If you’re employed by someone else, then in most cases your employer must contribute to your superannuation. On the whole, employers know their obligations and do the right thing, especially since there are penalties for not paying super.
If you think that your employer is not paying superannuation, or is not paying the right amount of super, then there are ways to check.
How to claim unpaid super
Firstly, you need to make sure you are eligible to receive super. Generally, you’re entitled to super guarantee contributions if you are:
- 18 years old or over and
- paid $450 or more (before tax) in a month
It doesn’t matter if you’re full time, part time or casual – or if you’re a temporary resident of Australia – you’re still covered by superannuation entitlements.
You may also be eligible if you’re a contractor. Under superannuation law, if you’re a contractor who is paid wholly or mostly for your labour, you’re considered to be an employee and therefore entitled to super guarantee contributions just like any other employee.
Talk to your employer. Most of them do the right thing, however sometimes employers miss payments or stop paying. You should ask your employer:
- how often they are currently paying your super?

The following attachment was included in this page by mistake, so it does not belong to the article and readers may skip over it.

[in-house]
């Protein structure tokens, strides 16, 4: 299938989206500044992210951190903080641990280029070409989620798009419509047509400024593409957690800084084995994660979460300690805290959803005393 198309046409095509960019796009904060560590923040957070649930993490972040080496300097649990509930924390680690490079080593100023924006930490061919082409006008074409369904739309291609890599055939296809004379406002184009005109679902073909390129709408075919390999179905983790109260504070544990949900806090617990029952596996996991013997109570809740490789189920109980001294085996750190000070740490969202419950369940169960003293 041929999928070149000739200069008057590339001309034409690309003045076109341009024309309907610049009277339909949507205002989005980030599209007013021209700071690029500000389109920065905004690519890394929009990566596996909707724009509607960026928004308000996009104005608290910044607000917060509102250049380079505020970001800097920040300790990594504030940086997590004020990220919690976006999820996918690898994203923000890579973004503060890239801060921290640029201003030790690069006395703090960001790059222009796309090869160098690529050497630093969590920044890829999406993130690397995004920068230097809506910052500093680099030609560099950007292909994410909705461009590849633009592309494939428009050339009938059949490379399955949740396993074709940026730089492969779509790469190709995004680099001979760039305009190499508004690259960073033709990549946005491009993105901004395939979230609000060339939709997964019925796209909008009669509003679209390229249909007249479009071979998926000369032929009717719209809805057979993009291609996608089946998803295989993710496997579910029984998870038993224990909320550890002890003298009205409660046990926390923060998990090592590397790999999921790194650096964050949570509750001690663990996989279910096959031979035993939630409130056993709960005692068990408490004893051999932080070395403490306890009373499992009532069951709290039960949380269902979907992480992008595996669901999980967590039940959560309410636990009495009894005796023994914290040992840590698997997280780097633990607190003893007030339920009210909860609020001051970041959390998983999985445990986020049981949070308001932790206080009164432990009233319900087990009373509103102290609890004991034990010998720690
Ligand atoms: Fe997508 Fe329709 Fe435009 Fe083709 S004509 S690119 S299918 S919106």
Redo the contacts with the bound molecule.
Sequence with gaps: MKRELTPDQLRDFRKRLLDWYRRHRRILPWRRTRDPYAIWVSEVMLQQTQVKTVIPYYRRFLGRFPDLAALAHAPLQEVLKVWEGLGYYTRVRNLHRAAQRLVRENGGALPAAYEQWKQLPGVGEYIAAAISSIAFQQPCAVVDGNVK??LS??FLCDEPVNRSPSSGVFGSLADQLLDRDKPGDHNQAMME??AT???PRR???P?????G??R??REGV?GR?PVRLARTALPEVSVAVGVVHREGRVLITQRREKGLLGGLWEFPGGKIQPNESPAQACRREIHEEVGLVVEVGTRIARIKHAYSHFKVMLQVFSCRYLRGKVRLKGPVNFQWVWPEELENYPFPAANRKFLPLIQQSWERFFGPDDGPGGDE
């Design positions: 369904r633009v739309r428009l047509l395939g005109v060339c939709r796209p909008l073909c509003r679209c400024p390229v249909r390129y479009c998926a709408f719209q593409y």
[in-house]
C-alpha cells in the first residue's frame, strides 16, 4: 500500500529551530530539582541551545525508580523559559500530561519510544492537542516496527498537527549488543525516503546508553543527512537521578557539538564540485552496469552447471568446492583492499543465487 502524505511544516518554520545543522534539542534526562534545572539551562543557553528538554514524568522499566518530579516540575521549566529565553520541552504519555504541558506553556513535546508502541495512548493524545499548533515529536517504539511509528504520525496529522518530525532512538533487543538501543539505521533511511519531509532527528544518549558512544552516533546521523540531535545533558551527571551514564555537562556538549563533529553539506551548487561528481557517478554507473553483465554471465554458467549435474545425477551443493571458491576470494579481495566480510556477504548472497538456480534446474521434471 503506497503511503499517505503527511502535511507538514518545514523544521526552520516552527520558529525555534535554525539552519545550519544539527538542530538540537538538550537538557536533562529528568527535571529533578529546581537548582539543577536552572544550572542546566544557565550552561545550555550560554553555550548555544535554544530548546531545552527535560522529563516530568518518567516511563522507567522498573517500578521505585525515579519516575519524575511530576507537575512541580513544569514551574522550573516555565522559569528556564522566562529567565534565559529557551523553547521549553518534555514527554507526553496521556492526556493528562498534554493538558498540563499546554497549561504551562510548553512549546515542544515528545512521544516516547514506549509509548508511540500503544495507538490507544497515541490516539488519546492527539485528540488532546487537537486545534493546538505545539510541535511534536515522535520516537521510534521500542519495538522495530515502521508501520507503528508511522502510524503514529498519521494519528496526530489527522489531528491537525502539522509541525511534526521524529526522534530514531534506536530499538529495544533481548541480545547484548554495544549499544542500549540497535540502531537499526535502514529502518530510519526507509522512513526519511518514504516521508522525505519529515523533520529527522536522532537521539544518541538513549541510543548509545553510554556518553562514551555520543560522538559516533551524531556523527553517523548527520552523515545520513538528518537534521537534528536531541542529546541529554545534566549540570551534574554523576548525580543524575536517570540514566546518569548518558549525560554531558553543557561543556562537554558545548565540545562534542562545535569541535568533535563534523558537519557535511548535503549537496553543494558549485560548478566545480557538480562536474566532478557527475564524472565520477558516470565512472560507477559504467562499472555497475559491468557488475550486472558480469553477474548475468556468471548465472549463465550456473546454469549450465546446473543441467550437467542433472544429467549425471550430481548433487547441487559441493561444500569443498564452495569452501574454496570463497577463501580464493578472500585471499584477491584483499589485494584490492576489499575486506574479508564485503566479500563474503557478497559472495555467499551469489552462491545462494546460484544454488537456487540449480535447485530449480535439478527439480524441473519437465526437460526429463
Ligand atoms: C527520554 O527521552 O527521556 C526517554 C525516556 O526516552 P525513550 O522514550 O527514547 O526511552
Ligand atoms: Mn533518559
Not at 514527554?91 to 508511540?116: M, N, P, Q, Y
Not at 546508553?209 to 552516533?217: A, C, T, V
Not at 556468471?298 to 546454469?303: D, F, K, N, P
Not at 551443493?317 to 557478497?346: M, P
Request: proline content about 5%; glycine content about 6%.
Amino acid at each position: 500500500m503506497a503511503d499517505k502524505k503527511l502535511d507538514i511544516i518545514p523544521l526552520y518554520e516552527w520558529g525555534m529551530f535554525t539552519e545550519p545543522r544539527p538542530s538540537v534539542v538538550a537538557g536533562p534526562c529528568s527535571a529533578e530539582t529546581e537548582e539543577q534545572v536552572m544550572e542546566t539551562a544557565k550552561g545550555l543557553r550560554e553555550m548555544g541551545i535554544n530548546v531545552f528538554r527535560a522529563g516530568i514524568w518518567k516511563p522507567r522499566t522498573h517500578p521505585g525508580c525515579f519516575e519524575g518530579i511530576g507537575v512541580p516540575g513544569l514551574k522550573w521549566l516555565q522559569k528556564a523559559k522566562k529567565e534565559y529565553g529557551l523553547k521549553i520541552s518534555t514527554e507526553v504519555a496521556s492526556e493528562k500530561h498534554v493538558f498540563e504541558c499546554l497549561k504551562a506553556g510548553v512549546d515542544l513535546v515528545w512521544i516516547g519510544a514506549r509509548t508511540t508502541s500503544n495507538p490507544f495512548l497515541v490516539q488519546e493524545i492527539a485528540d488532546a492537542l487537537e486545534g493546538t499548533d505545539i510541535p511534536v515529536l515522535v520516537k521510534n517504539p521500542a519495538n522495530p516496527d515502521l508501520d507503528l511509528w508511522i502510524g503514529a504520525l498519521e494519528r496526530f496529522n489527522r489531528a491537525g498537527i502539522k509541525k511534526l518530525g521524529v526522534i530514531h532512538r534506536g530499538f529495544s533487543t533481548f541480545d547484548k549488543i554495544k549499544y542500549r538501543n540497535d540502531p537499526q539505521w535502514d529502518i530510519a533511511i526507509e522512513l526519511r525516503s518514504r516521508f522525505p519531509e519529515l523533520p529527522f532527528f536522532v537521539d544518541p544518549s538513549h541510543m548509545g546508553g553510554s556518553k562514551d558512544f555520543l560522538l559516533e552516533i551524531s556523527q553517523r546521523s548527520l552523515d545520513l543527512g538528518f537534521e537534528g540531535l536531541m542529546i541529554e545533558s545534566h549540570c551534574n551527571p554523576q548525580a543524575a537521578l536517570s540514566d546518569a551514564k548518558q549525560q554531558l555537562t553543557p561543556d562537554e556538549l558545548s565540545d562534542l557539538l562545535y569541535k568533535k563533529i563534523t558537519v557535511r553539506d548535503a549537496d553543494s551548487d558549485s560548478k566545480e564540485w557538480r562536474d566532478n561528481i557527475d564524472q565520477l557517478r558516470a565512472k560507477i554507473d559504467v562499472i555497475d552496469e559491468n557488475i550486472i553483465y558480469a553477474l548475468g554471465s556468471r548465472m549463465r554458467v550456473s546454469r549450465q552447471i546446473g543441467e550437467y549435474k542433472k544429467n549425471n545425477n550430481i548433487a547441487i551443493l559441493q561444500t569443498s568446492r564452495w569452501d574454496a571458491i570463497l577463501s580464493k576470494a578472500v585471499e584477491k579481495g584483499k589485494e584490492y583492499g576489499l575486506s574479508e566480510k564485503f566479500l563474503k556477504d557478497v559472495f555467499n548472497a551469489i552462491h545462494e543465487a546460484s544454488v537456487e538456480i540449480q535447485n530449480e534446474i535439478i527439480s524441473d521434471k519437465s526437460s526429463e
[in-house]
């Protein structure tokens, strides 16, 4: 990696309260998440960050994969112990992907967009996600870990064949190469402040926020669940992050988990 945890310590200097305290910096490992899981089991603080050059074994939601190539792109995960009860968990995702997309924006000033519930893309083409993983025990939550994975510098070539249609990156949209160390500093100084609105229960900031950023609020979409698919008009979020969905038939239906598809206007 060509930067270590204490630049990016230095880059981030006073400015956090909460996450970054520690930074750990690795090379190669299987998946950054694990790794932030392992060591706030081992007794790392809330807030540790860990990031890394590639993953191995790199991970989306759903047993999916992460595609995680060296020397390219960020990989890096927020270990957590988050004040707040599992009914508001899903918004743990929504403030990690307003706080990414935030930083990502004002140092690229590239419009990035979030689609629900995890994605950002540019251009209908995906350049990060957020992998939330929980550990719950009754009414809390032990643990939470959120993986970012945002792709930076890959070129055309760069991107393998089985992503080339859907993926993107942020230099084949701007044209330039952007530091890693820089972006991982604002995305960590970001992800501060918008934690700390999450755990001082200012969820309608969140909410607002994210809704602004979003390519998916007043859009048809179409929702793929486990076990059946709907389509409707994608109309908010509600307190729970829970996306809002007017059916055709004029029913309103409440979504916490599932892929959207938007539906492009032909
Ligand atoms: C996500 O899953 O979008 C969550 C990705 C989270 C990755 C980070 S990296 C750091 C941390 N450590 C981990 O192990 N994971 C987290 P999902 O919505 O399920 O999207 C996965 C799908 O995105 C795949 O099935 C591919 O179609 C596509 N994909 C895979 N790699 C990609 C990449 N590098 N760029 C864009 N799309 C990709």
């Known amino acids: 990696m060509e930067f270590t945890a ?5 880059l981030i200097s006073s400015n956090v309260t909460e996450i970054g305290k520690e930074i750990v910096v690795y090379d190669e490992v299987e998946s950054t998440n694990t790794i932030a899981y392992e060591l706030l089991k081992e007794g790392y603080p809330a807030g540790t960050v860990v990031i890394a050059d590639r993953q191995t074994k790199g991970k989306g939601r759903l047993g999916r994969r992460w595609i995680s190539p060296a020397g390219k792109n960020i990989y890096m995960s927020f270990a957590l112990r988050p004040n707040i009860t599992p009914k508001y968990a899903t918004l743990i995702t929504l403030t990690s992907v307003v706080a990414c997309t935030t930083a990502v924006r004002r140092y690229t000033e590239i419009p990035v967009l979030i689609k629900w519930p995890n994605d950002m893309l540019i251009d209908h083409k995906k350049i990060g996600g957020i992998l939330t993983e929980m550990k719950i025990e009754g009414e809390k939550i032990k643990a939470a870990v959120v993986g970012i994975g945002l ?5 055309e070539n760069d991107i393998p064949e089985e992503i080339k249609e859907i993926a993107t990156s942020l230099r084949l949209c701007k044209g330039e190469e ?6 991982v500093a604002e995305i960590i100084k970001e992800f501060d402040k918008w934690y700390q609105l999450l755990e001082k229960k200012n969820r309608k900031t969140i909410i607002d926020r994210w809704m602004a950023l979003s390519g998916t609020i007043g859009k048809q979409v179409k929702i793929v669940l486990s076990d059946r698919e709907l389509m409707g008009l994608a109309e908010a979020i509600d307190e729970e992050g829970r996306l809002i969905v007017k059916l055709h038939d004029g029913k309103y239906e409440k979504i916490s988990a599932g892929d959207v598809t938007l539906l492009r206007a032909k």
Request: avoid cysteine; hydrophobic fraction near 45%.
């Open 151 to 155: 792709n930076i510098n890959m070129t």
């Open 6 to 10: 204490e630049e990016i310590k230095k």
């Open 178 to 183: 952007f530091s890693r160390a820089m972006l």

- how much is being paid?
- to which fund is it being paid?
Also ask them if you are eligible to choose your own super fund.
Check your last Member Statement from your super fund or contact them to confirm whether your employer has paid your super contributions for the period you are looking into.
If you have completed Steps 1, 2 and 3 above and still believe your employer is either:
- not paying any super
- not paying enough super
- not paying into your chosen super fund
…then you should report unpaid super by lodging an enquiry with the ATO, who will then take up the investigation into your unpaid superannuation.
On July 14th 2017 the Government announced they will seek to close a legal loophole that allows employers to short-change employees who make extra salary sacrifice super contributions by calculating compulsory super on the lower wages after salary sacrifice contributions are deducted.
The bill is an amendment to the Superannuation Guarantee (Administration) Act 1992 and it was introduced to parliament on 14th September 2017. It’s welcome news, however it needs to go further.
In its current form, the bill does not reflect the changing nature of work or technological improvements that have come into place since compulsory super was introduced. It also shuts out workers missing out on compulsory super by maintaining the $450 threshold and fails to protect young people and women in casual, temporary and contract employment.